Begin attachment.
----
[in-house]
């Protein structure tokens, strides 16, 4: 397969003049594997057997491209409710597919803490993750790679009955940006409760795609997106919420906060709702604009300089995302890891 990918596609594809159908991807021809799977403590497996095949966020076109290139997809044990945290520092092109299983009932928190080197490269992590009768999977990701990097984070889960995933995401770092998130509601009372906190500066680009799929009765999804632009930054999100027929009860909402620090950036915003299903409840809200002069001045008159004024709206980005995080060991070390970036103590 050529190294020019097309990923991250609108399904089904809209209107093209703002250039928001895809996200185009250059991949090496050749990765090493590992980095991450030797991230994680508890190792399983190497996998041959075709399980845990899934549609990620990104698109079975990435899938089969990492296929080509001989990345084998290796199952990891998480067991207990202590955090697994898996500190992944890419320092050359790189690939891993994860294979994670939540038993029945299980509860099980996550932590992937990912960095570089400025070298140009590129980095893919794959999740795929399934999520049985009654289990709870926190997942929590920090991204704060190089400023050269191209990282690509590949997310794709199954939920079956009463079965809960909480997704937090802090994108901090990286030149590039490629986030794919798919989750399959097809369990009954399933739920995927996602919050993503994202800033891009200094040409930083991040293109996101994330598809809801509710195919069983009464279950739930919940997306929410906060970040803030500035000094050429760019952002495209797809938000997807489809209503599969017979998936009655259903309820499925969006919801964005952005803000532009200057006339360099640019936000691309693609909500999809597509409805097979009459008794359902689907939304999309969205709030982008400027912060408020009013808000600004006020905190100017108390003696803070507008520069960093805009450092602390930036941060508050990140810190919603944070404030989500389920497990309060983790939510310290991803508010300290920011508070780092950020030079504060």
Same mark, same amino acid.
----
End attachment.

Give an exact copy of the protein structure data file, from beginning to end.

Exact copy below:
[in-house]
């Protein structure tokens, strides 16, 4: 397969003049594997057997491209409710597919803490993750790679009955940006409760795609997106919420906060709702604009300089995302890891 990918596609594809159908991807021809799977403590497996095949966020076109290139997809044990945290520092092109299983009932928190080197490269992590009768999977990701990097984070889960995933995401770092998130509601009372906190500066680009799929009765999804632009930054999100027929009860909402620090950036915003299903409840809200002069001045008159004024709206980005995080060991070390970036103590 050529190294020019097309990923991250609108399904089904809209209107093209703002250039928001895809996200185009250059991949090496050749990765090493590992980095991450030797991230994680508890190792399983190497996998041959075709399980845990899934549609990620990104698109079975990435899938089969990492296929080509001989990345084998290796199952990891998480067991207990202590955090697994898996500190992944890419320092050359790189690939891993994860294979994670939540038993029945299980509860099980996550932590992937990912960095570089400025070298140009590129980095893919794959999740795929399934999520049985009654289990709870926190997942929590920090991204704060190089400023050269191209990282690509590949997310794709199954939920079956009463079965809960909480997704937090802090994108901090990286030149590039490629986030794919798919989750399959097809369990009954399933739920995927996602919050993503994202800033891009200094040409930083991040293109996101994330598809809801509710195919069983009464279950739930919940997306929410906060970040803030500035000094050429760019952002495209797809938000997807489809209503599969017979998936009655259903309820499925969006919801964005952005803000532009200057006339360099640019936000691309693609909500999809597509409805097979009459008794359902689907939304999309969205709030982008400027912060408020009013808000600004006020905190100017108390003696803070507008520069960093805009450092602390930036941060508050990140810190919603944070404030989500389920497990309060983790939510310290991803508010300290920011508070780092950020030079504060």
Same mark, same amino acid.